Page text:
Astronomy, Astrophysics: India
This is a collection of articles archived for the excellence of their content.
Saraswati, supercluster of galaxies
2017, the discovery
A team of Indian astrono mers claims to have dis covered an extremely large supercluster of galaxies -with a mass roughly equivalent to that of 20 million billion suns -which they have named `Saraswati'. “This is a very high concentration of galaxies in the universe and it is very rare.Few such structures have been observed till now and this is definitely a first from India,“ said the study's co-author Shishir Sankhyayan of IISER. According to the Pune-based Inter-University Centre for Astronomy and Astrophysics (IUCAA), superclusters are the largest coherent structures in the cosmic web. They are a chain of galaxies and galaxy clusters, bound by gravity, the IUCAA added. Saraswati is one of the largest known structures in the universe, 4,000 million light years from Earth and roughly over 10 billion years old, IUCAA said.
The supercluster was discovered by Sankhyanan; Joydeep Bagchi, a faculty member of IUCCA; Prakash Sarkar of the National Institute of Technology , Jamshedpur; Somak Raychaudhury , director, IUCAA; Joe Jacob of Newman College, Kerala; and Pratik Dabhade, IUCAA research fellow. Their findings were published in the latest issue of `The Astrophysical Journal'.
Sankhyayan said the supercluster extended over 600 million light years and may contain the mass equivalent of over 20 million billion suns.
2018: EPIC 211945201b/ K2-236b
The discovery was made by measuring the mass of the planet using the PARAS spectrograph integrated with 1.2m telescope in Mount Abu.
With this discovery, India has joined a select league of countries which has discovered planets around stars.
A team of scientists from the Physical Research Laboratory (PRL), Ahmedabad, discovered a sub-Saturn or super-Neptune size exoplanet, which is about 27 times the mass of Earth and six times the radius of Earth. The planet revolves around a Sun-like star, some 600 light years away from Earth.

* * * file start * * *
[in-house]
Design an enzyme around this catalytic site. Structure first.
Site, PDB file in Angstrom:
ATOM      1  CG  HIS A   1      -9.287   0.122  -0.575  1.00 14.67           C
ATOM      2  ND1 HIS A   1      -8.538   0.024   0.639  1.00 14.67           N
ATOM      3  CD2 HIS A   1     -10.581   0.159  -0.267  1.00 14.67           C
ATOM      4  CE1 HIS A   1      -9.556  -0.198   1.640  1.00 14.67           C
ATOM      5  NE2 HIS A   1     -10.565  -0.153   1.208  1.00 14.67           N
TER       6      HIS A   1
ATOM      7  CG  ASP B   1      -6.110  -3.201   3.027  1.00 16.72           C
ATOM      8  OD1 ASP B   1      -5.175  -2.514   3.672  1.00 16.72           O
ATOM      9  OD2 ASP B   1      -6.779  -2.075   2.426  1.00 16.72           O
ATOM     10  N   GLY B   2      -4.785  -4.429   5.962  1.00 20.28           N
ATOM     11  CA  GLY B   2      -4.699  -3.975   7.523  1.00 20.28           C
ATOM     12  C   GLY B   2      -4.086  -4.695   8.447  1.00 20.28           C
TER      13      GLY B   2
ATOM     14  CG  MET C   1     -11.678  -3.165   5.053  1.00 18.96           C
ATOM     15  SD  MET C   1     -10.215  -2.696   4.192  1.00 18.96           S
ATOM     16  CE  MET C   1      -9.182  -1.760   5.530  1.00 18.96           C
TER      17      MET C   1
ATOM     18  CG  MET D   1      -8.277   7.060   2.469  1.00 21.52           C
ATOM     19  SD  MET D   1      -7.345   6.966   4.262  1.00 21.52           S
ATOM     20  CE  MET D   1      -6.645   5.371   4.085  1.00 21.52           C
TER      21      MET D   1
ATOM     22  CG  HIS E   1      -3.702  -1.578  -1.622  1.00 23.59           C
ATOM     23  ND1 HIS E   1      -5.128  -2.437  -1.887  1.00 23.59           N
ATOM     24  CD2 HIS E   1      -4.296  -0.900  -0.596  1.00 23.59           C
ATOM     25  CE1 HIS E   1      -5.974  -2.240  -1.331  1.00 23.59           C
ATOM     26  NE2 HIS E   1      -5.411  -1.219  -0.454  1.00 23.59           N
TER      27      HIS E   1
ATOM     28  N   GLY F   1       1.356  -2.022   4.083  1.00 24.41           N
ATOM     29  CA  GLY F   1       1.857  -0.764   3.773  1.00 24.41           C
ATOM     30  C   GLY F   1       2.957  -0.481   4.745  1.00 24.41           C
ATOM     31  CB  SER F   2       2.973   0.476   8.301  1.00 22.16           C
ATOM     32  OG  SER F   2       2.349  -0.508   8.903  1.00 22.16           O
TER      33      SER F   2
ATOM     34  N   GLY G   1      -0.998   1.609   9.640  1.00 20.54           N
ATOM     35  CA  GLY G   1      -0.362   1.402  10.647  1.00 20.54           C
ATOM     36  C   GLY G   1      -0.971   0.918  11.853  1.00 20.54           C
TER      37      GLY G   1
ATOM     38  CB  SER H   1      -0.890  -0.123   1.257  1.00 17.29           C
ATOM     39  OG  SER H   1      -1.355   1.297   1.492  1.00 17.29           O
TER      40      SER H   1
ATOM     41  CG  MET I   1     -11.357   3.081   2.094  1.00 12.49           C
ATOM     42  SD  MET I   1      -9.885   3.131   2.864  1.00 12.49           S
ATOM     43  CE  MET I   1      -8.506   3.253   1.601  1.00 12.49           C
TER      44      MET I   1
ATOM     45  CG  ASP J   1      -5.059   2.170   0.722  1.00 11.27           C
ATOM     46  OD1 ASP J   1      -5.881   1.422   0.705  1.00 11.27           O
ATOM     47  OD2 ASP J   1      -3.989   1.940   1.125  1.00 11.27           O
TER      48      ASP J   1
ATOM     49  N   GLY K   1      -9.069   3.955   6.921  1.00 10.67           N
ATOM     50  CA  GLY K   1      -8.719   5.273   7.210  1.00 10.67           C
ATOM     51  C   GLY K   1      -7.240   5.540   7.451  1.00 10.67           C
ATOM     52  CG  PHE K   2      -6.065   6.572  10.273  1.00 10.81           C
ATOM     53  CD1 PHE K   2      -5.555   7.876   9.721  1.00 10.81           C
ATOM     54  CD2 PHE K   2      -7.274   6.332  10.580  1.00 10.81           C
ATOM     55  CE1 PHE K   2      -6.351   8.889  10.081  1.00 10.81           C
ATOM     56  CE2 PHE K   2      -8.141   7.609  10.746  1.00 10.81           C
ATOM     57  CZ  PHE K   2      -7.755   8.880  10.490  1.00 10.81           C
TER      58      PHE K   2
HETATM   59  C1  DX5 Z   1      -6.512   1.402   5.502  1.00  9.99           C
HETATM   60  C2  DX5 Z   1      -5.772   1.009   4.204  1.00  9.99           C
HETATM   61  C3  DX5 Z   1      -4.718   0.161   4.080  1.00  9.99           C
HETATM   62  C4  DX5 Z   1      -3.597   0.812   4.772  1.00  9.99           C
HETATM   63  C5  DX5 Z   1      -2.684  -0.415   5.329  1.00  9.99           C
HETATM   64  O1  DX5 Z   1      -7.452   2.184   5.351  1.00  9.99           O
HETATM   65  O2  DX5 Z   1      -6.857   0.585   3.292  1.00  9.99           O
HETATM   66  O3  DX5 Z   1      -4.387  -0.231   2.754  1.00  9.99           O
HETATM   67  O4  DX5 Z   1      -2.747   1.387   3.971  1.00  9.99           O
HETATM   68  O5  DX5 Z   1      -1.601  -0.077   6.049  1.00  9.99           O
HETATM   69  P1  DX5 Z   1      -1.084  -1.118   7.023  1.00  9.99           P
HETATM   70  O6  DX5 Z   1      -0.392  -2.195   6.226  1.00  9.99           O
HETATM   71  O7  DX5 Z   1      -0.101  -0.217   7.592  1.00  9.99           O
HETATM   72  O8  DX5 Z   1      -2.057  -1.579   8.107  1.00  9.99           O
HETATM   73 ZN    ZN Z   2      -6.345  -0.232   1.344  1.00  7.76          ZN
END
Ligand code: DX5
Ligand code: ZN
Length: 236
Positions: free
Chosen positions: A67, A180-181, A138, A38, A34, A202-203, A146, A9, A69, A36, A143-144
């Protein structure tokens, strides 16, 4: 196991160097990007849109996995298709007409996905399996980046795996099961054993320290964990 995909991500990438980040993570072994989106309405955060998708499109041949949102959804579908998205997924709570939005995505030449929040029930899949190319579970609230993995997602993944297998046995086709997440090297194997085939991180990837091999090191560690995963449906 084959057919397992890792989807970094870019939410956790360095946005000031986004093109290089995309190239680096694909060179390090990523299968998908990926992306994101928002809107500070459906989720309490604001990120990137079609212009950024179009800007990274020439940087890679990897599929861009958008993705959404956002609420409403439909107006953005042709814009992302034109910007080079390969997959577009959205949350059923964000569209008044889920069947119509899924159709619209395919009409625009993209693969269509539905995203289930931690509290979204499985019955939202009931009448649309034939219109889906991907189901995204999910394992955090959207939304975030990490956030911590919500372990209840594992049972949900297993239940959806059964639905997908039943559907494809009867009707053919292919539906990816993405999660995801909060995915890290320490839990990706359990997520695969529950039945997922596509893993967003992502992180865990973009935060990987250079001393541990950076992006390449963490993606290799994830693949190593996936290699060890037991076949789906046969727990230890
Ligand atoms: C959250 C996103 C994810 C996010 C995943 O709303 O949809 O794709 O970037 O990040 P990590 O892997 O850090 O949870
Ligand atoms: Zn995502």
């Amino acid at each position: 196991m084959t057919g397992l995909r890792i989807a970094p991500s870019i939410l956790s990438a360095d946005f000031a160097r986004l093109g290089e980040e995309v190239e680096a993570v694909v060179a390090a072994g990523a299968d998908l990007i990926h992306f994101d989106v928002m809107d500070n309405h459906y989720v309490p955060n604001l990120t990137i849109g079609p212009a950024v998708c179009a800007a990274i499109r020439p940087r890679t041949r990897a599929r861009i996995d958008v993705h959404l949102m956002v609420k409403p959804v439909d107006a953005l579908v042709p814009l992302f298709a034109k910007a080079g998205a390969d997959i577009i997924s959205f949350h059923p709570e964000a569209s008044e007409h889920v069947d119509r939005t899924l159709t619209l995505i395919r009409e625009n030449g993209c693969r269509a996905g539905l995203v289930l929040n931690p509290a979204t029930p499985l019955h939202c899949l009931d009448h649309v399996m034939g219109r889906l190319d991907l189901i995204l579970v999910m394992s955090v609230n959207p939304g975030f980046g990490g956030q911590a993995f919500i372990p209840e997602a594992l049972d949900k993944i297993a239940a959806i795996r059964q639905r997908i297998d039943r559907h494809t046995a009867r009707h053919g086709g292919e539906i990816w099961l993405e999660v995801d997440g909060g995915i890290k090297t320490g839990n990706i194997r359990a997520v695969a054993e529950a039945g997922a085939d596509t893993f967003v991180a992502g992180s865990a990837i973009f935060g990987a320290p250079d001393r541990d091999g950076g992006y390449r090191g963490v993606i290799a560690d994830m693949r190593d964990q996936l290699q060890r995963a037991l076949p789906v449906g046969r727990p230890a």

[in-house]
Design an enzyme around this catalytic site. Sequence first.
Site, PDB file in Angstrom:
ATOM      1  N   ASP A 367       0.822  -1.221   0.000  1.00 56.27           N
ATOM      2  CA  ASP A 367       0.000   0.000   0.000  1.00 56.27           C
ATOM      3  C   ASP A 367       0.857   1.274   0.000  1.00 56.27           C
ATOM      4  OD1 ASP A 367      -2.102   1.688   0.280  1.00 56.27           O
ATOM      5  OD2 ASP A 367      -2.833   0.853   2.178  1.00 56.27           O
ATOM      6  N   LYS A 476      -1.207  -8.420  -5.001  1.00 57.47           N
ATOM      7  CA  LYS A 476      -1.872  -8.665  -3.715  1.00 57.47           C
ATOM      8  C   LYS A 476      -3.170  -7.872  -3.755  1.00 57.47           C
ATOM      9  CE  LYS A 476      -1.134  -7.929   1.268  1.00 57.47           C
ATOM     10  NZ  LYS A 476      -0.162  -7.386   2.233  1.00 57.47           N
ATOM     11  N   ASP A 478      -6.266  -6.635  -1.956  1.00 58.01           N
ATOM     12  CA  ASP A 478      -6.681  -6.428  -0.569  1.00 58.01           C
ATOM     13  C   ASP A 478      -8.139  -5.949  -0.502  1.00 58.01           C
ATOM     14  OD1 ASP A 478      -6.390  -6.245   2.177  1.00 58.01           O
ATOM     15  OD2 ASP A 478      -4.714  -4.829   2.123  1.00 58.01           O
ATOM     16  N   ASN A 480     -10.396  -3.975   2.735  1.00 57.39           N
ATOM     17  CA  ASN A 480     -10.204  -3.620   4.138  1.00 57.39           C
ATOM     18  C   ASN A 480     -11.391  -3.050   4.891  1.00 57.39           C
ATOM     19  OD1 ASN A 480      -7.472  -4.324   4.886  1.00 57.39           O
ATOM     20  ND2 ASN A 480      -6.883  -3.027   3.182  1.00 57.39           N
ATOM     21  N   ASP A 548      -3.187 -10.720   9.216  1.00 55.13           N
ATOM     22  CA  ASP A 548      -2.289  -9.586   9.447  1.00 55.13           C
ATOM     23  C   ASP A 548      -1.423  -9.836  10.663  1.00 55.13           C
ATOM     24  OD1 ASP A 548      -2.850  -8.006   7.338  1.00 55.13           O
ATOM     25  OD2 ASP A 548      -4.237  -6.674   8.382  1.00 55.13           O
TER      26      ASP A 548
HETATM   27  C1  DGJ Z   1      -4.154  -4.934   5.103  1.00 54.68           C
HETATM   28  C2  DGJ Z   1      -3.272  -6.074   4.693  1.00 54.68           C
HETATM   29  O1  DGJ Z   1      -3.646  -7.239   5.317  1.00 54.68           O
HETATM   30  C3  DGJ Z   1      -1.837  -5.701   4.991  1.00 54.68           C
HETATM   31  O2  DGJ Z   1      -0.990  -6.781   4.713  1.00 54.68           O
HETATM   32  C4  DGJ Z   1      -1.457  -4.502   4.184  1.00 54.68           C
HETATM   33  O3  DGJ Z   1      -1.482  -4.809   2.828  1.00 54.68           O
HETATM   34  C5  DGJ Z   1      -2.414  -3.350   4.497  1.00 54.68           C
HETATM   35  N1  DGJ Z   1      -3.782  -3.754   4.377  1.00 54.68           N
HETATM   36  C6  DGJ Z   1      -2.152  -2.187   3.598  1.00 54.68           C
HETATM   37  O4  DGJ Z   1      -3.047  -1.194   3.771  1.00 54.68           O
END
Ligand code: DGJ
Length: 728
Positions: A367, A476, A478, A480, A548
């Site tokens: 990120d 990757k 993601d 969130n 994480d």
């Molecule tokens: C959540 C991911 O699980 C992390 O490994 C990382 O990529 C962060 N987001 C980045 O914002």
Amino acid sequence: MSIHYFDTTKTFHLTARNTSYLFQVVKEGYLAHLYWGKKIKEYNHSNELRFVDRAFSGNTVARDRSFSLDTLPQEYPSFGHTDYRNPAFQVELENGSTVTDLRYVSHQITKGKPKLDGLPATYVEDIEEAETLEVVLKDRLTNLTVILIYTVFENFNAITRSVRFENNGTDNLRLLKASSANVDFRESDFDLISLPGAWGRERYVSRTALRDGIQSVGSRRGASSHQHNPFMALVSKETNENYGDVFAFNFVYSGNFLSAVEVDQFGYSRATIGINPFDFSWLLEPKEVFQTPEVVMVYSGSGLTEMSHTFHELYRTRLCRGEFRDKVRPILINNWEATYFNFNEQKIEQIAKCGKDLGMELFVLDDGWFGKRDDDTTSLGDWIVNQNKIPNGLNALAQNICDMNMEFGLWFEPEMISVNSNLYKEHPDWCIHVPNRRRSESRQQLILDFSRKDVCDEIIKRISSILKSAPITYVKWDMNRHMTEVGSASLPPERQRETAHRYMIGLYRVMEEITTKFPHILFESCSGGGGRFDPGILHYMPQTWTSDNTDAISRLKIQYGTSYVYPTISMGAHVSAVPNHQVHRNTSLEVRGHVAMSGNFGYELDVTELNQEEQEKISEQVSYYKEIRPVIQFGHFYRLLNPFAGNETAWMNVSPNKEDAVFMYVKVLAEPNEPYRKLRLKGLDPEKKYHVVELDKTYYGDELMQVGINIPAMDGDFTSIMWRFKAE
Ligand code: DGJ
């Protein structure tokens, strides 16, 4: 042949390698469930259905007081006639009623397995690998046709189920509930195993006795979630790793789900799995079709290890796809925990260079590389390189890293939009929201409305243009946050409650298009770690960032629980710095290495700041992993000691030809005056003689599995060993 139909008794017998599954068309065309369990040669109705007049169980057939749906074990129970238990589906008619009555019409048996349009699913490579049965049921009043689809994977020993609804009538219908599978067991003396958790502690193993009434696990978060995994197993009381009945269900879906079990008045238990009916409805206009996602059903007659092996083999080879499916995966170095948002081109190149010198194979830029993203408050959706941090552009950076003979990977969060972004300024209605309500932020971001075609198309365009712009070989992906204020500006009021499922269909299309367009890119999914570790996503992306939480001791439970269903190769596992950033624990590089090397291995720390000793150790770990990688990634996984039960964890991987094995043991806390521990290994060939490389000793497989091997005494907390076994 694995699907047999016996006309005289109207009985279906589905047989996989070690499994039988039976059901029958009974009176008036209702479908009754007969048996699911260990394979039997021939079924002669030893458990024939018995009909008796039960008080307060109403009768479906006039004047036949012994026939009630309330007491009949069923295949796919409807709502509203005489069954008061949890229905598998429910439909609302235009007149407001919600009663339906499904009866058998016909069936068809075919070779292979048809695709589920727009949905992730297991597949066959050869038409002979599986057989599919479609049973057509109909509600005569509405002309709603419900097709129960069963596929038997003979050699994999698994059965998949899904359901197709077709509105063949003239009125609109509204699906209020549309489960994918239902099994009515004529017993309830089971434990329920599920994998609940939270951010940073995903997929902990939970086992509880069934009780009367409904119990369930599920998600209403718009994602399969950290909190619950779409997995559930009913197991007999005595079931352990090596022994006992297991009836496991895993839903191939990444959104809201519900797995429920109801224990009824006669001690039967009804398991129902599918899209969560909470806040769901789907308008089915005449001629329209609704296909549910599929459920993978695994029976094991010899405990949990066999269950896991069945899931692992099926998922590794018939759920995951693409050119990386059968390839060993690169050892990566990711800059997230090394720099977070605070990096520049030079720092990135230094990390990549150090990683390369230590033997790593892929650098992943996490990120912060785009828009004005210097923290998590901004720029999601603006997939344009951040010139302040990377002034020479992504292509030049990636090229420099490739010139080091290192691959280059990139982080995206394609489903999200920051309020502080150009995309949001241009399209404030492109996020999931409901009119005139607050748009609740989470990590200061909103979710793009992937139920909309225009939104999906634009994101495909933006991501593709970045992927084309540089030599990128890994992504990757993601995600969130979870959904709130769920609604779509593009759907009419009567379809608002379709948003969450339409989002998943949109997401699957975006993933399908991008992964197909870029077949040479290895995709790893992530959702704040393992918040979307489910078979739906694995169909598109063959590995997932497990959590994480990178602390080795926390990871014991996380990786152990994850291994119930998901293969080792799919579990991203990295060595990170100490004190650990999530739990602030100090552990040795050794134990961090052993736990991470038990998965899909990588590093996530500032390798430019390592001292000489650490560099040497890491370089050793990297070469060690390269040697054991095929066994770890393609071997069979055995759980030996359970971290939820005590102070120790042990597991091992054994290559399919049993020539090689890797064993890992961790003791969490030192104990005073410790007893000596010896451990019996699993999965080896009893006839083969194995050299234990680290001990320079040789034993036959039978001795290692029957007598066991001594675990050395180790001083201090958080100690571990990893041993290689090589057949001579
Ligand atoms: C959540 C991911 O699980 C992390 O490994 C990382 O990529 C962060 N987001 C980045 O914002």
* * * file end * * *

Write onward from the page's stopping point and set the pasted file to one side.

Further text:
The discovery was made by measuring the mass of the planet using the indigenously designed ‘PRL Advance Radial-velocity Abu-Sky Search’ (PARAS) spectrograph integrated with 1.2m telescope at PRL’s Gurushikar Observatory in Mount Abu. With this discovery, India has joined a select league of countries which has discovered planets around stars.
In a post on the website of the Indian Space Research Organisation, scientists said the name of the host star is EPIC 211945201 or K2-236 and the planet will be known as EPIC 211945201b or K2-236b. The planet was found to go around the star in about 19.5 days.
The surface temperature of the planet was found to be around 600 degrees Celsius, as it is very close to the host star. It is seven times nearer to its star, in comparison with Earth-Sun distance. This might make it uninhabitable The discovery is of importance for understanding the formation mechanism of such super-Neptune or sub-Saturn kind of planets, that are too close to the host star, according to scientists.
Paras spectrograph made an independent measurement of the mass of the planet body, as it was necessary for discovery after data from Nasa’s K2 (Kepler2) photometry could not confirm the planetary nature of the system. Initially, it was Nasa’s K2 (Kepler2) photometry that found that the source was a planetary candidate as it was transiting, where the planet body comes between the star and the observer on Earth.
It goes around the star and therefore blocks a tiny amount of star-light. By measuring the amount of light blocked by the planet body, the diameter or size of the planet can be measured. It was found to be 6 Earth radii. However, that data was not sufficient to confirm the planetary nature of the system.
PRL scientists, who observed the target for about 1.5 years with the spectrograph to probe the nature of the system, made calculations that suggested that the heavy elements like ice, silicates and iron content make 60%-70% of the total mass.
This detection was important as it adds to a sparse catalogue of confirmed exoplanets with masses between 10 and 70 MEarth and radii between 4 and 8 REarth, whose masses and radii are measured to a precision of 50% or better.
Only 23 such systems (including the present) are known to this date with such precise measurement of mass and radii.
Exoplanet find that put India in select league
Scientists at Physical Research Laboratory (PRL), Ahmedabad, have discovered a new planet.
Scientists said the name of the host star is EPIC 211945201 or K2-236.
The planet will be known as EPIC 211945201b or K2-236b.
In the universe of never-ending stars, planets and galaxies, India has made a place for itself by discovering a sub-Saturn or super-Neptune sized planet, which is about 27 times the mass of Earth and measures six times its radius. With this discovery, the country has joined a select league of countries, which has discovered planets around stars.
A team of scientists at Physical Research Laboratory (PRL), Ahmedabad, discovered the planet, which revolves around a sun-like star some 600 light years away, by measuring the mass of the planet using the indigenously designed PRL Advance Radial-velocity Abu-Sky Search (Paras) spectrograph integrated with a 1.2m telescope at PRL’s Gurushikar Observatory in Mount Abu.